Larry Kramer sits down at the New York Historical Society Museum. The Smith Auditorium is packed. Two tiers of seats, filled. He calls for lowered stage lights to better see the audience. Tony Kushner acts as evening moderator. Tonight's presentation is coincident with "AIDS in New York: The First 5 Years." (Exhibit runs June 7 -- Sept.15, 2013)
"You're really getting everything good to happen to you before you die," Kramer says his lover tells him.
"HBO is filming Normal Heart beautifully," coos Kramer. The Normal Heart is his Tony Award-winning drama about people whose lives shatter -- the first patients in New York to have HIV/AIDS.
Julia Roberts stars in the film adaptation of the play. She's been spotted in past days on Fire Island and in Soho.
"I walked onto the set today," Kramer says. With a smile, he mentions a disco peopled by extras, "It was the biggest crowd since Ben-Hur." I said, "Hey, guys, we won! And the crowd went crazy." Kramer speaks of the Supreme Court's intervention in the gay marriage debate, headline news this afternoon.
Kushner asks about the script, if there were changes.
"A play is a play. A movie's a movie," Kramer replies. "I've written over the years so many plays for nameless people [audience laughter], but this director is the greatest I've ever worked with, and I've worked with many." The director of the HBO film is Glee creator Ryan Murphy. "He wants people to really see how awful those years were -- how awful the disease was," explains Kramer.
"The movie writes in more about the doctor. She was this woman in a wheel chair," Kramer goes on with great enthusiasm, "I just loved writing her!" It was the earliest days of infection here in New York. Julia Roberts plays Dr. Emma Brookner in the film. Dr. Brookner survived polio.
Kushner: "Do you feel happy?"
Kramer: "I've never really felt unhappy through all the awfulness because I always had hope. We played hard and that was our mourning."
Kramer says the worst times of the epidemic were in the 1990s. "Suddenly, yesterday, we were loathed. Today we're only hated."
Kushner asks if Kramer expanded the political scene for the film and he answers, "I say Koch. I say Reagan. I say David Sencer, also a hideous person." Senser was the city health commissioner.
"I looked for Koch's lover Richard" (the surname is shouted forth from the audience) "to come out and say Ed Koch is gay, and I couldn't find him. Then at an event, this guy comes over. My name is Richard. He proceeded to tell me every detail about their love life."
"You've always been brave as a writer," Kushner tells Kramer. "You say what others find unsayable. I come up with all sorts of Baroque ways to avoid writing pretty much anything -- my name!" cracks Kushner.
"It was just painful to remember it all. How I felt. Things that happened were so raw. That's what motivated me. I don't know where that came from, but I'm glad I have it." Kramer tells us what it is like for him as a passionate artist, to write. "I just love to write. I don't like being away from Mission Control" -- his computing system.
"It's a history that's gotta be told" And Kramer is telling it to everybody. His forthcoming book in two volumes (Farrar, Straus and Giroux) is The American People. It is the history of gays in America, Kramer says. "We were allowed to die."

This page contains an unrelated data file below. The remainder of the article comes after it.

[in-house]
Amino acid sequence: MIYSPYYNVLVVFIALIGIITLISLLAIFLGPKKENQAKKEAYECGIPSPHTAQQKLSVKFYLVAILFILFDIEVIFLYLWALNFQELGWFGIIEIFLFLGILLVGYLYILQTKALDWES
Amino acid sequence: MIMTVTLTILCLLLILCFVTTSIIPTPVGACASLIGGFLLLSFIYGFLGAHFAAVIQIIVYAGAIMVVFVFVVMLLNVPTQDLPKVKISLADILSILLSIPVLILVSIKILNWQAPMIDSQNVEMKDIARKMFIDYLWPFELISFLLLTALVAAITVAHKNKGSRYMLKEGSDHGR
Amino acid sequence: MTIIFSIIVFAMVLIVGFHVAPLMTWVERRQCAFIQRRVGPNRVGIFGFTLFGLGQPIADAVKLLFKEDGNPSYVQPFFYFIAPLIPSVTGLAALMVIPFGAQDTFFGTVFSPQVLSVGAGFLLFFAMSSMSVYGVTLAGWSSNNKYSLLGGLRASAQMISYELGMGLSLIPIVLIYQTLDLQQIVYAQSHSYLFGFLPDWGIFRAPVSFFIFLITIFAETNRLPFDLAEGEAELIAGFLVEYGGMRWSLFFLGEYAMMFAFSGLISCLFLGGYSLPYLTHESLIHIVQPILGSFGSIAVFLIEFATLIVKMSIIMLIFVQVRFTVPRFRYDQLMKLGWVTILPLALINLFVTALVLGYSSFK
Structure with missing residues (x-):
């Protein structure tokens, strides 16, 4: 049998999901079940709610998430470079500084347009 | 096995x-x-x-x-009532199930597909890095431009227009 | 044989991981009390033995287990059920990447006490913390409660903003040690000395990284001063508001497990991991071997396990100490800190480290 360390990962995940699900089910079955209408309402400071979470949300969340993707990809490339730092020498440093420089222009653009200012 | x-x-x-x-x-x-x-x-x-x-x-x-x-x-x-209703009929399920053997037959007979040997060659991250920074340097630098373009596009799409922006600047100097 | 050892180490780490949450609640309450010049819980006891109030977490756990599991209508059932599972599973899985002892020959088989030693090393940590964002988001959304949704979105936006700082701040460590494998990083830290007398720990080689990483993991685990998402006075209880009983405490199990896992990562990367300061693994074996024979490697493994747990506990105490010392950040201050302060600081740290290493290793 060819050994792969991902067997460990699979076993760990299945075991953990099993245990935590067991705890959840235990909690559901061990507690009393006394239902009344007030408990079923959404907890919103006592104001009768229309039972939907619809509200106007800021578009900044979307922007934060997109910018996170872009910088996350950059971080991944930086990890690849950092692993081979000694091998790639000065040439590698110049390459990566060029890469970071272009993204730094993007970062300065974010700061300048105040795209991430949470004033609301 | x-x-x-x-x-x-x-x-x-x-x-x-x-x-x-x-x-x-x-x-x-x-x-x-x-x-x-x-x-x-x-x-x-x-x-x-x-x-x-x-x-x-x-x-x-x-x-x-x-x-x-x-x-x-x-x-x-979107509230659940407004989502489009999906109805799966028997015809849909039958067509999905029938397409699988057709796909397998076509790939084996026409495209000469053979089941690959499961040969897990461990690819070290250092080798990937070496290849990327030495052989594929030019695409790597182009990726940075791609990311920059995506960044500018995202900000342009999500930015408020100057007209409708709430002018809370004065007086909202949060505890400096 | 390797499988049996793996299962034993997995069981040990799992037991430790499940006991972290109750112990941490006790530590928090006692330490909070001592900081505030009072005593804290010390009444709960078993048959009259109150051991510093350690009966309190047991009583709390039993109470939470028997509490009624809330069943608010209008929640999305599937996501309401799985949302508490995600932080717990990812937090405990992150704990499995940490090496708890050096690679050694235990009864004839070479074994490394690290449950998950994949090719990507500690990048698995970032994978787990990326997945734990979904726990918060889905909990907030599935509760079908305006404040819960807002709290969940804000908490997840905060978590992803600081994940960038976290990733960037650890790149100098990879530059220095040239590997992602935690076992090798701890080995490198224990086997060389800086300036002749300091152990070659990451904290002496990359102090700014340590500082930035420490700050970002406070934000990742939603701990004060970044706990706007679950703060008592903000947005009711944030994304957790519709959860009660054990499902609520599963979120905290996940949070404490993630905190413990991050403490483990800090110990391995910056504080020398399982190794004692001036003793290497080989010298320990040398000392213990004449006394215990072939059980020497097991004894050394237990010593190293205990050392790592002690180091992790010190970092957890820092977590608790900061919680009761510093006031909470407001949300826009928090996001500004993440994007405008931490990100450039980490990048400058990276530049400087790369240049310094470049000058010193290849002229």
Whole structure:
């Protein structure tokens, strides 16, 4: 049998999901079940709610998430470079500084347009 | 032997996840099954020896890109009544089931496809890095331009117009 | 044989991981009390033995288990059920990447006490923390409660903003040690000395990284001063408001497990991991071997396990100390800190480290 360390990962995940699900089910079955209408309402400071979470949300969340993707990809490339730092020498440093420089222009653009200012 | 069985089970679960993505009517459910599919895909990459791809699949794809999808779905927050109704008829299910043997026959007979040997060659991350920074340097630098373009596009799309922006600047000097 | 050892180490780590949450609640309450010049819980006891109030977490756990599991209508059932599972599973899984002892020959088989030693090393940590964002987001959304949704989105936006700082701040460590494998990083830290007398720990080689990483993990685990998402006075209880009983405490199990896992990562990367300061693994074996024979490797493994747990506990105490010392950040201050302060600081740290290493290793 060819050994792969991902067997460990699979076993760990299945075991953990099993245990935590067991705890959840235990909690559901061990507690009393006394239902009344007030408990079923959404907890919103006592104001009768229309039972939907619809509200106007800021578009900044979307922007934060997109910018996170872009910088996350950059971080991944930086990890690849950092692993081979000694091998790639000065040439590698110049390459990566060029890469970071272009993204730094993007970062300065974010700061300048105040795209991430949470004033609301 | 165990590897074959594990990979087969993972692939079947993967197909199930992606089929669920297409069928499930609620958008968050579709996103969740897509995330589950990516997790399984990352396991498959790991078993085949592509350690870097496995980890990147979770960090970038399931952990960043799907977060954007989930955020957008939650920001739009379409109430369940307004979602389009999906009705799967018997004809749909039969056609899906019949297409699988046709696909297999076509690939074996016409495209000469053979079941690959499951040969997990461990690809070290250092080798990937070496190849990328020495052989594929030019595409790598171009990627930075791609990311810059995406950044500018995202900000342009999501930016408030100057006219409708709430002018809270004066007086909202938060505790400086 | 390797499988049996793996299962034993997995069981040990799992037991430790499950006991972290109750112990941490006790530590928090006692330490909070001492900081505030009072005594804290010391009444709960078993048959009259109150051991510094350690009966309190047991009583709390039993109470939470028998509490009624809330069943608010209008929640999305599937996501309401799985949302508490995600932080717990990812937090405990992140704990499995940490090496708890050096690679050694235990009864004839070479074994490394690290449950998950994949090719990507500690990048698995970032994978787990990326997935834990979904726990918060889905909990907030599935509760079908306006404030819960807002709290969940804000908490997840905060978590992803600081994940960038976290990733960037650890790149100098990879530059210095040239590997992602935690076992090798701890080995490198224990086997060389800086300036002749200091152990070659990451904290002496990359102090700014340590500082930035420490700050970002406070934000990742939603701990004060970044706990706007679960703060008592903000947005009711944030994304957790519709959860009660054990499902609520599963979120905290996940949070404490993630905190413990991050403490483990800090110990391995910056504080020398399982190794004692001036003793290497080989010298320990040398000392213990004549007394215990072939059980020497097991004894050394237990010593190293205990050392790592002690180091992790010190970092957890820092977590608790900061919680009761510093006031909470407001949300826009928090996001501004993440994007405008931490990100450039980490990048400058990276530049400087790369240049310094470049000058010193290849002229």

Tony Kushner pipes up, "The book includes (SCOOP ALERT)!" But Kramer says not to tell so I don't write it, but it's something really good.
Kushner says, "We're actually seeing the world change."
"I haven't experienced until recently that (to be the case). It gets in the way," Kramer waves his hand like he's shaking out a handkerchief. He's dressed in loose white canvas trousers and jacket, a sort of Buddhist-safari casual. Kramer's wristwatch is big and red.
His famed agent, Margaret "Peggy" Ramsay told Kramer to never listen to what people say about you, because it gets in the way. "I've always clutched to that" he continues with another disclosure: "Our theatre is all very personal. An investigation of navels."
"I don't call it a gay community. It's too cozy a word. We're a gay population... I've never been able to understand why we've been so passive. During the ultimate death ('89 -- '90s), you're not going to fight for your life? It makes me angry/sad, because I think we're wonderful people. Not fighting is our tragic fault."
"We are potentially a powerful population." He's longed to marry, Kramer says wistfully, "and now we will."
Kramer clears his throat with a little backward toss of his head. Speaking tonight, he's been expressive with his hands. The talk is ending. Kramer's arms rest on his chair, his hands at last still, palms up. Larry wears large turquoise rings on almost every finger of each hand, no socks, big black glasses, and black loafers. His hair is trim, a Caesar cut.
"I don't know why I was spared. I did everything everybody else did. The thought doesn't escape me."
Reflecting, Kramer continues, "I think anybody who lived through it can never forget" . . . "personally so painful" . . . "my child was taken away from me." (Kramer refers to the AIDS Coalition to Unleash Power -- ACT UP)
"ACT-UP was democratic to a flaw, with nobody in charge. Every day you came in, there were names on the blackboard of everyone who had died since the last meeting."
At one point, Kramer, diagnosed with liver cancer and forbidden a transplant because of his HIV status, thought he would die. "Okay. I did the best I could," he says he said to himself. Only Larry Kramer isn't dead. He's right here with us in the stage lights.
Kramer on Kramer: "You see something wrong, you fight back. How do you fight back? You figure it out."
The audience gives Kramer a standing ovation.
June 26, 2013
Both images provided by the Museum: Tony Kushner interviews Larry Kramer on the legacy of The Normal Heart, gay rights and HIV/AIDS at the New-York Historical Society. Credit: Howard Heyman